Sixteen hundred consumers and researchers met for the sixth Era of Hope meeting in August, 2011. As MSNBC.com’s Bob Bazell wrote, this meeting “brings together many of the most committed breast cancer activists with some of the nation’s top cancer scientists. The conference’s directive is to push researchers to think ‘out of the box’ for potential treatments, methods of detection and prevention….” He went on to say “the program…has racked up some impressive accomplishments in high-risk research projects….”
During the 2011 Era of Hope, investigators presented work that challenged paradigms and pushed boundaries with innovative, high-impact approaches. Some of the research presented looked at new ways to treat the spread of breast cancer, including a vaccine for HER2+ breast cancer that has stopped responding to treatment, and an innovative treatment using nanoparticles of HDL cholesterol tied to chemotherapy drugs to more directly zero in on cancer cells.
The DOD peer reviewed Breast Cancer Research Program has attracted scientists across a broad spectrum of disciplines, launched new mechanisms for research and facilitated new thinking in breast cancer research and research in general. A report on all research that has been funded through the DOD BCRP is available to the public. Individuals can go to the Department of Defense website and look at the abstracts for each proposal at http://cdmrp.army.mil/bcrp/.
The National Breast Cancer Coalition is strongly committed to the DOD BCRP in every aspect, as we truly believe it is one of our best chances for reaching Breast Cancer Deadline 2020®’s goal of ending the disease by the end of the decade. The Coalition and its members are dedicated to working with you to ensure the continuation of funding for this Program at a level that allows this research to forge ahead. From 1992, with the launch of our “300 Million More Campaign” that formed the basis of this Program, until now, NBCC advocates have appreciated your support.
Over the years, our members have shown their continuing support for this Program through petition campaigns, collecting more than 2.6 million signatures, and through their advocacy on an almost daily basis around the country asking for support of the DOD BCRP.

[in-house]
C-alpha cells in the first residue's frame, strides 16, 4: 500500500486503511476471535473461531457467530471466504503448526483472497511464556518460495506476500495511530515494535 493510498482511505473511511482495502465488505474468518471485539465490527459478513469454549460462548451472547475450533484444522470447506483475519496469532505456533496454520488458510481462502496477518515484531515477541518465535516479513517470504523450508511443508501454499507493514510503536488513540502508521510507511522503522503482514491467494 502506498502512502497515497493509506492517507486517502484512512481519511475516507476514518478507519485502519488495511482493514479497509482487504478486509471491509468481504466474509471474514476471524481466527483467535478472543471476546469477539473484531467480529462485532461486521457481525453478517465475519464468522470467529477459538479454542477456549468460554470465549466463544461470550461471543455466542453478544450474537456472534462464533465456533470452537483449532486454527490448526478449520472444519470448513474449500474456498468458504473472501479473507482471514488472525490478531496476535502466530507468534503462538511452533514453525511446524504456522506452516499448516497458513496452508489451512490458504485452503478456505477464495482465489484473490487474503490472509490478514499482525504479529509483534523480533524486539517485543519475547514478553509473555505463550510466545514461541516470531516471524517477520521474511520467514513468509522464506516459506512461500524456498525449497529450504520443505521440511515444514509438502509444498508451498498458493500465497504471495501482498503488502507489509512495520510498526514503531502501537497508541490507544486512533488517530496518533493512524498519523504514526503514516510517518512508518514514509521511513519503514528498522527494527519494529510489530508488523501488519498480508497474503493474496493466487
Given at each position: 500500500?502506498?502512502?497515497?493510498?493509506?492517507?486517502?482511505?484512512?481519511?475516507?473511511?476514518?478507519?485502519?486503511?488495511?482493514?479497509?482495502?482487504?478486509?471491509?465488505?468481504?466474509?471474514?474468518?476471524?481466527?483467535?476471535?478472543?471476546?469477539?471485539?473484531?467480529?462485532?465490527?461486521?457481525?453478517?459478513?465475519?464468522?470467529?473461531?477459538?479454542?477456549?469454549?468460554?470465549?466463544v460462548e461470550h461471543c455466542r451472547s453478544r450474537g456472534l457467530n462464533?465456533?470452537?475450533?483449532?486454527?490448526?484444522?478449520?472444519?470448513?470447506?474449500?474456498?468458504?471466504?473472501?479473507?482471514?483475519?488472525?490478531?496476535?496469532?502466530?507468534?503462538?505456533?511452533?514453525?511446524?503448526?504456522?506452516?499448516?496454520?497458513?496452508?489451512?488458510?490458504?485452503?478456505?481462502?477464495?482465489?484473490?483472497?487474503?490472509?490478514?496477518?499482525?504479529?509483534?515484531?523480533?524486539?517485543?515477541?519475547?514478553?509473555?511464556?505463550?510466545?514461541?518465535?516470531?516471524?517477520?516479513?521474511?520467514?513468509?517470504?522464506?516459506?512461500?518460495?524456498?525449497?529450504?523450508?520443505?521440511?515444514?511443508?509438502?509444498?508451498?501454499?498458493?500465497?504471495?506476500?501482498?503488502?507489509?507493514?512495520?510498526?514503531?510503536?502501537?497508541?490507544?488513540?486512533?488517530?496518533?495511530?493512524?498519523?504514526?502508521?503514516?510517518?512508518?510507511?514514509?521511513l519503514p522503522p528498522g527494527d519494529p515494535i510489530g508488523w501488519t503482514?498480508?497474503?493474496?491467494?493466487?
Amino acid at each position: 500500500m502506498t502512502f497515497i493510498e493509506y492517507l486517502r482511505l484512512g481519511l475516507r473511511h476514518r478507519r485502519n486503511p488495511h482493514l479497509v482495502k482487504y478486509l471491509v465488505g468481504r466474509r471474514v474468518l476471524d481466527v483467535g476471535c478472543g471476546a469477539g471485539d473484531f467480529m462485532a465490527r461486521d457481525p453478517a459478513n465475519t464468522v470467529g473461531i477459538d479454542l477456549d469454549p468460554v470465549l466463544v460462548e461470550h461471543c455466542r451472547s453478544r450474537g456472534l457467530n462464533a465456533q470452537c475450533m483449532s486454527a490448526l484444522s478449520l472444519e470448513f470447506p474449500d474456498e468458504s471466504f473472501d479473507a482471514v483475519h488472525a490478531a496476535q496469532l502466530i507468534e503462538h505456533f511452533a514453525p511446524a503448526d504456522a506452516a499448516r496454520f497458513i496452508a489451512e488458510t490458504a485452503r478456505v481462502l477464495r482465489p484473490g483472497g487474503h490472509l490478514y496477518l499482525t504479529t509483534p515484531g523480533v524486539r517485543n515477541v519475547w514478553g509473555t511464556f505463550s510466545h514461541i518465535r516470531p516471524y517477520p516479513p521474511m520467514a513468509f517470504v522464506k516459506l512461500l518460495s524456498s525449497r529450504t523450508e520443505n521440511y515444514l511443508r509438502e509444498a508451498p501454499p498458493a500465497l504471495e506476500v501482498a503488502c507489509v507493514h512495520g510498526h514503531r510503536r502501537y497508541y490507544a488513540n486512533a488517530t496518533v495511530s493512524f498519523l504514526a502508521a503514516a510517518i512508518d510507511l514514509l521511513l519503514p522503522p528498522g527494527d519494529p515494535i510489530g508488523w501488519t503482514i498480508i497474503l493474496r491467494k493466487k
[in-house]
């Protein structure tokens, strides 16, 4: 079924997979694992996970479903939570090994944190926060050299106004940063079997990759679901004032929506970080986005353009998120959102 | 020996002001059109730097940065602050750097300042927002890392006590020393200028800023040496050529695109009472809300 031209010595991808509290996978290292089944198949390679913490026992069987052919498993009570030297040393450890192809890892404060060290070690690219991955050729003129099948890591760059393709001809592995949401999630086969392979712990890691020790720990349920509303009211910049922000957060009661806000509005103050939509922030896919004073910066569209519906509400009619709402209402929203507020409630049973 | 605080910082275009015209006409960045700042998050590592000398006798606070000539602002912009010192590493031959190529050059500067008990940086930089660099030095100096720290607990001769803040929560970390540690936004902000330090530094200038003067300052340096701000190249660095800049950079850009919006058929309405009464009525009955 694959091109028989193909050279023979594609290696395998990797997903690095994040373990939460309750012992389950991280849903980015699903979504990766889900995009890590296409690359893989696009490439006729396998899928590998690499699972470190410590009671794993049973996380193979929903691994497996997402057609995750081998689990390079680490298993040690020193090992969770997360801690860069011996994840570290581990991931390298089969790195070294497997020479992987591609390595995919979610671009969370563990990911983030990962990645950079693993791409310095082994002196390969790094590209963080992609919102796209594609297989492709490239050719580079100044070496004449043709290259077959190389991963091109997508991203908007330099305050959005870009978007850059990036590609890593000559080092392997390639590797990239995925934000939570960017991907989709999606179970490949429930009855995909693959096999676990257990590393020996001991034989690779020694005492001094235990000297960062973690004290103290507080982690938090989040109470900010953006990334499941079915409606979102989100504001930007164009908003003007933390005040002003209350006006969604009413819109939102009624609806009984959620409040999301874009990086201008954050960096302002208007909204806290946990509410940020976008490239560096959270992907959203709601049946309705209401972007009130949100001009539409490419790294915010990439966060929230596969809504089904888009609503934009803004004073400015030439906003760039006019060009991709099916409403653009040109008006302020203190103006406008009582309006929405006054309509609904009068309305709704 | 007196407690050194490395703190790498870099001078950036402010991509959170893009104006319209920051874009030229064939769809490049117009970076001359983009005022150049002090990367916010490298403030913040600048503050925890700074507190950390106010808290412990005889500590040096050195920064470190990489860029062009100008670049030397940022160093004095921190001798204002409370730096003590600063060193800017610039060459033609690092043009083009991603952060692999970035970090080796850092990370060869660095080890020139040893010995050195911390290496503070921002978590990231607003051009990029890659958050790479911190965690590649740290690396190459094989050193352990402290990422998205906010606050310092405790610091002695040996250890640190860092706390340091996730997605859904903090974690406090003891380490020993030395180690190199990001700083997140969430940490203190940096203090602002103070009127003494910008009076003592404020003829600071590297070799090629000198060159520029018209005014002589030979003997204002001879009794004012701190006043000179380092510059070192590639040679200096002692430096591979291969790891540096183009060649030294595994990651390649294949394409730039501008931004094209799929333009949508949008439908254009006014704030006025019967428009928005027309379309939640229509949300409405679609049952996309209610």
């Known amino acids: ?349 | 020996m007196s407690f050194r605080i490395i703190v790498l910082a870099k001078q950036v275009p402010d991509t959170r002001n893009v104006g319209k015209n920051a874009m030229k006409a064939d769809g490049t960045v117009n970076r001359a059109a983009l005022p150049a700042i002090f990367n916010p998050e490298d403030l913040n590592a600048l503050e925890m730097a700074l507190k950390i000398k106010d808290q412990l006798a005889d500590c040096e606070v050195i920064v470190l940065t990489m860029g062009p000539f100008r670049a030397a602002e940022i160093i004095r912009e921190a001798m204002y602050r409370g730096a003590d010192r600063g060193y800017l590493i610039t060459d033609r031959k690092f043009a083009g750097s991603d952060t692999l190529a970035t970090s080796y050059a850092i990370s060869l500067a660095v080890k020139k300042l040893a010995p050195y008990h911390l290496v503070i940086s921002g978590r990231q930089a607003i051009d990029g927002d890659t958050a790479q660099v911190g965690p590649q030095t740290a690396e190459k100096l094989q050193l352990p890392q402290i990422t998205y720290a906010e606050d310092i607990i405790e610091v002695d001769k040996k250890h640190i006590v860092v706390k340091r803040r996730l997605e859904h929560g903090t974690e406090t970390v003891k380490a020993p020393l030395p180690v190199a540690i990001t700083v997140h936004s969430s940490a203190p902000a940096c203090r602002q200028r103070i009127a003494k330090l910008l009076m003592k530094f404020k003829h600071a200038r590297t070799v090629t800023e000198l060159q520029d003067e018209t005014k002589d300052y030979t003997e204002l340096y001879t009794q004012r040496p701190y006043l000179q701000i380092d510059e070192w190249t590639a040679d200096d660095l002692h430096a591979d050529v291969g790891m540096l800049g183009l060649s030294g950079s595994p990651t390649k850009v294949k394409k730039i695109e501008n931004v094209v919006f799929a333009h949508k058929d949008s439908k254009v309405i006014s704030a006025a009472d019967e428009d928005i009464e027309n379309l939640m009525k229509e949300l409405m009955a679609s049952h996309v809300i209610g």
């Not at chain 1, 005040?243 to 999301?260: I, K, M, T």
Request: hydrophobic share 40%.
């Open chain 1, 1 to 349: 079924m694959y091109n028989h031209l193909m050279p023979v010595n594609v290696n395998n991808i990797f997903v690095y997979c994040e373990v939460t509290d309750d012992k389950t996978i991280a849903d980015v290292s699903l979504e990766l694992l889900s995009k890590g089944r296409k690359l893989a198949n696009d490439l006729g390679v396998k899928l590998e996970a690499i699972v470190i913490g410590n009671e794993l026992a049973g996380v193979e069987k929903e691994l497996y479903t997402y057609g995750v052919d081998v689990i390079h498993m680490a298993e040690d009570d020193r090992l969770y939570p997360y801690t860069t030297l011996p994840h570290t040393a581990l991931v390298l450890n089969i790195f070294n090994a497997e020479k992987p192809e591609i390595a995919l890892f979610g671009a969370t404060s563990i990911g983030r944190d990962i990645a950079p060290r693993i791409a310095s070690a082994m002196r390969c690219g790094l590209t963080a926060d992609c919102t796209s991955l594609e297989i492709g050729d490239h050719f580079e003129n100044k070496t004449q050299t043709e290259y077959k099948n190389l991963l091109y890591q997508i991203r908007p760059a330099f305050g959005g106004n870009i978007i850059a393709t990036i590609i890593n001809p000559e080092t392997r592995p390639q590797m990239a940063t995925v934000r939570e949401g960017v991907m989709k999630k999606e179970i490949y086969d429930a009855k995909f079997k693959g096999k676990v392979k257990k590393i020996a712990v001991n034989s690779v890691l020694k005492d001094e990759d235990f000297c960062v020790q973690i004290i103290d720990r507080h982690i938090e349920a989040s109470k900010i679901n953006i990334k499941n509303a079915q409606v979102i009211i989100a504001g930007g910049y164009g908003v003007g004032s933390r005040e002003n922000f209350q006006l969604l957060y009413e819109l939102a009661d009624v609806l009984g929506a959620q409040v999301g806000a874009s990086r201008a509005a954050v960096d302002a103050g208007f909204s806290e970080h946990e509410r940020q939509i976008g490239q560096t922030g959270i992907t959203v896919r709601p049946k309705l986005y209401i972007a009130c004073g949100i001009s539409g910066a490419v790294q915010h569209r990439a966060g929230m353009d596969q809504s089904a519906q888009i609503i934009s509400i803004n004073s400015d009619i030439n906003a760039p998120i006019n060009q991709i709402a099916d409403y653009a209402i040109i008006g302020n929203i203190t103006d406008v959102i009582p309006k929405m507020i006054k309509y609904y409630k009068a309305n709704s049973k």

Consumer advocates have worked hard over the years to keep this program free of political influence. Often, specific institutions or disgruntled scientists try to change the program though legislation, pushing for funding for their specific research or institution, or try to change the program in other ways, because they did not receive funding through the process, one that is fair, transparent and successful. The DOD BCRP has been successful for so many years because of the experience and expertise of consumer involvement, and because of the unique peer review and programmatic structure of the program. We urge this Committee to protect the integrity of the important model this program has become.
There are nearly three million women living with breast cancer in this country today. This year, approximately 40,000 will die of the disease and more than 260,000 will be diagnosed. We still do not know how to prevent breast cancer, how to diagnose it in a way to make a real difference or how to end it. It is an incredibly complex disease. We simply cannot afford to walk away from this program.
Since the very beginning of this Program in 1992, Congress has stood with us in support of this important approach in the fight against breast cancer. In the years since, Chairman Inouye and Ranking Member Cochran, you and this entire Committee have been leaders in the effort to continue this innovative investment in breast cancer research.
NBCC asks you, the Defense Appropriations Subcommittee, to recognize the importance of what has been initiated by the Appropriations Committee. You have set in motion an innovative and highly efficient approach to fighting the breast cancer epidemic. We ask you now to continue your leadership and fund the Program at $150 million and maintain its integrity. This is research that will help us win this very real and devastating war against a cruel enemy.
Thank you again for the opportunity to submit testimony and for giving hope to all women and their families, and especially to the nearly 3 million women in the United States living with breast cancer and all those who share in the mission to end breast cancer.